As competition season for some is upon us, it's important to understand how to best fuel your body for practices and competitions. We're bringing this post back from our friend, Registered Dietitian Nutritionist, Lauren Papanos.
Competition is quickly upon us and as you are gearing up, so should your eating habits. Here’s a few tips to focus on this month to ensure you start the competition season on the best note. 💪🏻💜
Tip 1: Limit Empty Sugar Intake 🚫
Sugar is naturally found in many foods that you likely eat, including fruits and vegetables. These sugars are great for you, as long as you eat them in their natural form, with skin and as a whole fruit or vegetable. It is best to limit empty sugars like juices, sweet beverages, fruit snacks, syrup, etc. because their sugar content is added through syrups, rather than being naturally containing. If you are a fan of sweetened beverages like juice and sweet tea, try mixing them with their unsweetened counter-parts or even water to start. Another option is instead of completely removing these things from your diet, replace them with a healthier alternative like fruit infused water, dried fruit, or a berry compote. Making these small swaps will help you feel more energized and improve the nutritional composition of your diet.
Tip 2: Focus on How Much You are Hydrating 💦
In a previous post we talked about water and salt intake for optimal hydration. As competition season starts to ramp up, start focusing on how much you are consuming throughout the day, especially on days where you have school, practice, or work and your hydration habits may be suboptimal. Make it a habit to take a reusable water bottle with you every time you leave the house, go to a new class, or head to bed. An additional few ounces every couple of hours will add up over the course of the day.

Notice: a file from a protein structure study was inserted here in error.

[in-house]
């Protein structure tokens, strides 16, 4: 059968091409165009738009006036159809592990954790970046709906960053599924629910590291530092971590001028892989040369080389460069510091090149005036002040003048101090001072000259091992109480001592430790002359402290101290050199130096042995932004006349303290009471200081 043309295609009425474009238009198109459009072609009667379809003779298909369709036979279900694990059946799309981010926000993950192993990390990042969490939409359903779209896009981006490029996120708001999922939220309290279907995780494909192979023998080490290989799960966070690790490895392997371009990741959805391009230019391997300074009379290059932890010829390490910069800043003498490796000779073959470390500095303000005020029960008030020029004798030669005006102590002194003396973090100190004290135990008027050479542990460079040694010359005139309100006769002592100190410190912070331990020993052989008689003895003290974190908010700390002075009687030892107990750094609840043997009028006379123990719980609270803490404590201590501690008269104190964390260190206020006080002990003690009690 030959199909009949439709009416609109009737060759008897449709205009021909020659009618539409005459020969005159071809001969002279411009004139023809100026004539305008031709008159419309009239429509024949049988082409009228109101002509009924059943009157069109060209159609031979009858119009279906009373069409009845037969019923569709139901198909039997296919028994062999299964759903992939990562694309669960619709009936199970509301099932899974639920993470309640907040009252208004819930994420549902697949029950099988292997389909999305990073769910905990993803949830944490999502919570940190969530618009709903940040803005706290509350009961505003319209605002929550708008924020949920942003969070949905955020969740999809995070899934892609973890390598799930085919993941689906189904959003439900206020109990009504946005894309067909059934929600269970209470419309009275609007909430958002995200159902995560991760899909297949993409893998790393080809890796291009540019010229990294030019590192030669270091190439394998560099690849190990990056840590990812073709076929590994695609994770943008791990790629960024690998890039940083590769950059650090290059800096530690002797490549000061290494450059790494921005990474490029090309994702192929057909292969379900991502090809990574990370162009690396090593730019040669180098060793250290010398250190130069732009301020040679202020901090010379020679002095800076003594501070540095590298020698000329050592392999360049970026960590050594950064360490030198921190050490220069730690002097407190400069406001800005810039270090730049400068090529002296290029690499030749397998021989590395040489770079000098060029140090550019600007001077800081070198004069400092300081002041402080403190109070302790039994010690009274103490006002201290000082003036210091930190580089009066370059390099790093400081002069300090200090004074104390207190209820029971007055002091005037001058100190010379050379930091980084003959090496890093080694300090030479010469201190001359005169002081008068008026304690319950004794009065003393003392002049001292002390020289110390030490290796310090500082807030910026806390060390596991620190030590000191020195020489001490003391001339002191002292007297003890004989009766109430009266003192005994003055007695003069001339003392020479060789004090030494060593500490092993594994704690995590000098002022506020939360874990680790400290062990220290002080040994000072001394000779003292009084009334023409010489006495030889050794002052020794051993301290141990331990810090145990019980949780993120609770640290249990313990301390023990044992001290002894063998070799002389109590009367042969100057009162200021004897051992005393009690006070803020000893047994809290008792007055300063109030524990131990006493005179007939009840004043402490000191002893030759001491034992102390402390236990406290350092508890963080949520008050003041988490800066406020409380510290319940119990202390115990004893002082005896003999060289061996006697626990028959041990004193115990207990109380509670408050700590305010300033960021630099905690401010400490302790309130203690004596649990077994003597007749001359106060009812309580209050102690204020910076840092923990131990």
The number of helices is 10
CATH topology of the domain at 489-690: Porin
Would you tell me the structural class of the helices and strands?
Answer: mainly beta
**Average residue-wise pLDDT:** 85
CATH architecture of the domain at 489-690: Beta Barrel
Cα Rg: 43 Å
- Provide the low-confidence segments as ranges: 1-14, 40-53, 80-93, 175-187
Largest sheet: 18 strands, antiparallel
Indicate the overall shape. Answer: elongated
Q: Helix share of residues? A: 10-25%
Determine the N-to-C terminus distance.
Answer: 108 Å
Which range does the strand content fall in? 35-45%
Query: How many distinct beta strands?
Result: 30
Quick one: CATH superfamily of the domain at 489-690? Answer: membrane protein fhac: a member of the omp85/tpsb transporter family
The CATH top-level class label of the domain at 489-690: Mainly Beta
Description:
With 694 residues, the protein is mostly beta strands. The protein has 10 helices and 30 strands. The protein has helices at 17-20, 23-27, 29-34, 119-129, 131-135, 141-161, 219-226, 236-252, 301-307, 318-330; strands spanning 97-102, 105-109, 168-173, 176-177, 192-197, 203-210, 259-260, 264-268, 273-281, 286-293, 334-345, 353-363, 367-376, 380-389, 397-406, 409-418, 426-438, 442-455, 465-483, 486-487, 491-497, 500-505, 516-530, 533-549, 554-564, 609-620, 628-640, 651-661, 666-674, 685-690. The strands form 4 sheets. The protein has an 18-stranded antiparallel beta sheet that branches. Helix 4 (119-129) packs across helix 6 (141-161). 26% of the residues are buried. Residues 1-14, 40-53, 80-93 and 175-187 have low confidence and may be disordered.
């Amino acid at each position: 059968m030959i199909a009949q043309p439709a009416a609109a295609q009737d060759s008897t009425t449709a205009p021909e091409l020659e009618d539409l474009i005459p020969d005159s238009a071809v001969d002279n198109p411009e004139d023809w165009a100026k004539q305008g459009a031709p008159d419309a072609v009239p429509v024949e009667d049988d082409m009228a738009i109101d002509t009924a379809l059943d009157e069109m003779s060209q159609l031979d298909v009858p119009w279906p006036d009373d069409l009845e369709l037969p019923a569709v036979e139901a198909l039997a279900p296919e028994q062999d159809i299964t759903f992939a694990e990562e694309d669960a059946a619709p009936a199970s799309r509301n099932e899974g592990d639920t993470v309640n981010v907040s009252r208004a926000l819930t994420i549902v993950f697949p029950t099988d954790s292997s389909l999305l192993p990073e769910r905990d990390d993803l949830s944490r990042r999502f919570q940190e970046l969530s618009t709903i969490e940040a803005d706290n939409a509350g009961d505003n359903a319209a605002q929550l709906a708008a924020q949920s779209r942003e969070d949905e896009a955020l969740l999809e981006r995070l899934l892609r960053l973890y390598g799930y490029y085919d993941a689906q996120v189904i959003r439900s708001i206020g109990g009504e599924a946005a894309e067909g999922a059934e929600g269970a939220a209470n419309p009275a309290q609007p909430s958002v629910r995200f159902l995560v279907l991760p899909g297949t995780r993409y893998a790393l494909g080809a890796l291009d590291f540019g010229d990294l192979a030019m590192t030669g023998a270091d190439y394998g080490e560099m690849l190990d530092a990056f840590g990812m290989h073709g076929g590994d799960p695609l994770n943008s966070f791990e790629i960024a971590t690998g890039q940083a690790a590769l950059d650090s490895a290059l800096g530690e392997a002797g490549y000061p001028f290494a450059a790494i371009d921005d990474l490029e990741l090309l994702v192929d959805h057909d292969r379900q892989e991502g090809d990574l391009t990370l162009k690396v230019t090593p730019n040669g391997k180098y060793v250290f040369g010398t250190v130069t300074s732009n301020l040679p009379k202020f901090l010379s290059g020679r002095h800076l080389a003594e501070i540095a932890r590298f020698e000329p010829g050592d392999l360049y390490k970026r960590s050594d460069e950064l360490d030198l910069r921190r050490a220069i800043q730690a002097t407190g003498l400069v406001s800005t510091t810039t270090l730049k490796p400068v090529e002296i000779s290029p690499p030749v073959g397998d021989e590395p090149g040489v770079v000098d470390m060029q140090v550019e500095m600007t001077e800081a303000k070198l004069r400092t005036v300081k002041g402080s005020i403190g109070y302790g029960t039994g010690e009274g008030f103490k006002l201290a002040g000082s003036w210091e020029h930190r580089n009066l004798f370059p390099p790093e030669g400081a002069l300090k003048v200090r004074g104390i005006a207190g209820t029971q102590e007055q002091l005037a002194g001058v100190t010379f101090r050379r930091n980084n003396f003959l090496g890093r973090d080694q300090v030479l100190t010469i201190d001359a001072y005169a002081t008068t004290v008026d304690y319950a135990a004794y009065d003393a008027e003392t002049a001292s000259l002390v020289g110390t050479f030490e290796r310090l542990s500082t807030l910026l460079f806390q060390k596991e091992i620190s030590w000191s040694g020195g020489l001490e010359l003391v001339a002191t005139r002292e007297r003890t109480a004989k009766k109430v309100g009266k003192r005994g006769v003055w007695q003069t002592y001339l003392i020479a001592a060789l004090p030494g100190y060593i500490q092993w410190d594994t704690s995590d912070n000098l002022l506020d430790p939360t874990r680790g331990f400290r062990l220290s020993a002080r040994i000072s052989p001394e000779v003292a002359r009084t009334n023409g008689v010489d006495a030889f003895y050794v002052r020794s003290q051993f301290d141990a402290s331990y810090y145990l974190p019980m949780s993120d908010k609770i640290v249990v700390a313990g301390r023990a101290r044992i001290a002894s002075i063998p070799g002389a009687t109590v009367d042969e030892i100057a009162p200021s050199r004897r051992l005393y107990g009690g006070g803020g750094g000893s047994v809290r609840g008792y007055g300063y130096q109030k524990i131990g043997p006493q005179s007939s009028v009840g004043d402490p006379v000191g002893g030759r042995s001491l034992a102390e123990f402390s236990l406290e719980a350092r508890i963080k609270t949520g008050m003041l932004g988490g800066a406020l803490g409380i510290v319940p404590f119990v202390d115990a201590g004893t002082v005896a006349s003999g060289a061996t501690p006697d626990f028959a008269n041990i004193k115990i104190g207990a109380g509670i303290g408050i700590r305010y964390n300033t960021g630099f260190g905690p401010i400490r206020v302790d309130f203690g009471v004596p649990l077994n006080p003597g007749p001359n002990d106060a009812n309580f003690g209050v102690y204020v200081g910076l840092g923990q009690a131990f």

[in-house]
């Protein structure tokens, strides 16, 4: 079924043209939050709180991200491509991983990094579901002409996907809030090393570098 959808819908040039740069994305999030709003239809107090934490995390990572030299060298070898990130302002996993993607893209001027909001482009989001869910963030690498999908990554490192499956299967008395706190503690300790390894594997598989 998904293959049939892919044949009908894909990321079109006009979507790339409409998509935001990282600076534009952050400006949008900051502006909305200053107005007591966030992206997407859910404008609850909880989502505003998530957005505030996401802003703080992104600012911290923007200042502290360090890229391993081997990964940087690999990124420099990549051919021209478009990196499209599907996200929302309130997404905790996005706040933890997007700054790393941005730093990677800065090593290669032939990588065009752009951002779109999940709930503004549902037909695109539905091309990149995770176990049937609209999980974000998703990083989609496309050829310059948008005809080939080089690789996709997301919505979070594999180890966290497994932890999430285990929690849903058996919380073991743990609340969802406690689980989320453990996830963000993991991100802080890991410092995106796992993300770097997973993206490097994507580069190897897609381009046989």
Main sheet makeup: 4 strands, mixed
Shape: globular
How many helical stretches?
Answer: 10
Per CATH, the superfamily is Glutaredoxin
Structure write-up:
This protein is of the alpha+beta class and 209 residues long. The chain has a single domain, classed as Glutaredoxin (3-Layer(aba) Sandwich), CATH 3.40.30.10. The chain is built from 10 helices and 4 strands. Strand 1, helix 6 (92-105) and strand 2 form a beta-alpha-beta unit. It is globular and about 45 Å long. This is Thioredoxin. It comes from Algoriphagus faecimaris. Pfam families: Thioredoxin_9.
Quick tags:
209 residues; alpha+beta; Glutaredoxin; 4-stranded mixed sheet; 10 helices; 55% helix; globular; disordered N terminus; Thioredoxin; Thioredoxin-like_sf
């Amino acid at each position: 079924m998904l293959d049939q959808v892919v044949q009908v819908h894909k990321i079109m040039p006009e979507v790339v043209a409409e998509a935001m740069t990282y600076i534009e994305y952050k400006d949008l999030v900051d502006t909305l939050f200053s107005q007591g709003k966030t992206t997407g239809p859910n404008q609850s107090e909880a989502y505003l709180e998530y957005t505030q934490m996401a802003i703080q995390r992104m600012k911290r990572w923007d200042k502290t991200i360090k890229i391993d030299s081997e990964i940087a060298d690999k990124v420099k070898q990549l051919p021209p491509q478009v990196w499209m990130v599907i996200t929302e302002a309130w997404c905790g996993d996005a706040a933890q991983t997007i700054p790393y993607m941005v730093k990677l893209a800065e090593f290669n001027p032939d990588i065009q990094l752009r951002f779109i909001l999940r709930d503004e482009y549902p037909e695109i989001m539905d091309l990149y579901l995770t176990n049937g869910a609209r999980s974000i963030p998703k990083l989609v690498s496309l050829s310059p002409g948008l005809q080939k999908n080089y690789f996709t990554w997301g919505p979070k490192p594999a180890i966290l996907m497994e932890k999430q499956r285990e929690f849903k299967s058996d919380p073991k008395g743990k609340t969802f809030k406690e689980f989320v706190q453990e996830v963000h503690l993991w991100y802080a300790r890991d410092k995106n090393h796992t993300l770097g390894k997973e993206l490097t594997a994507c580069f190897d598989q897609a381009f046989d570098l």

Tip 3: Implement More Anti-Inflammatory Food Source
Anti-inflammatory foods are foods that contain compounds that can help reduce inflammation within your body. Inflammation can be caused by a high sugar and processed foods diet, heavy training, and other environmental factors. Eating a diet rich in these food sources can help combat these factors to help with expediting recovery from workouts, reducing joint pain, and optimizing muscle and weight balance. The best food sources include: fatty fish, egg yolks, walnuts, chia/flax seeds, berries, leafy greens, beets, and spices like turmeric and ginger.
Tip 4: Practice Pre-Competition Meals on Full Out Practice Days 🍎
I always recommend that athletes try out competition day meals before competition day. This will help you feel confident with how that meal will digest and make you feel, on a day when you want to be at your best. Try to keep the timing similar to when you know your meal will be on competition day. Consider that you may be at a hotel or eating out and that these food options may be less than ideal. For example, maybe for an early travel competition you bring oatmeal packets, natural peanut butter, and pick up a greek yogurt and fruit for a light breakfast 2-3 hours prior to competing. Now try this meal 2-3 hours before a full out practice and assess how you felt. If it seemed like too much or too little (you got hungry half way through practice), make adjustments and try it again on another practice day until you get it right! Focus here on a whole grain or starch, lean protein like eggs or dairy, and fruit.
We want to see how you are gearing up for competition season, tag us in your posts and use hashtag #CDFueling
- Lauren, 💜
If you have nutrition questions you want answered, follow the link HERE to submit your question!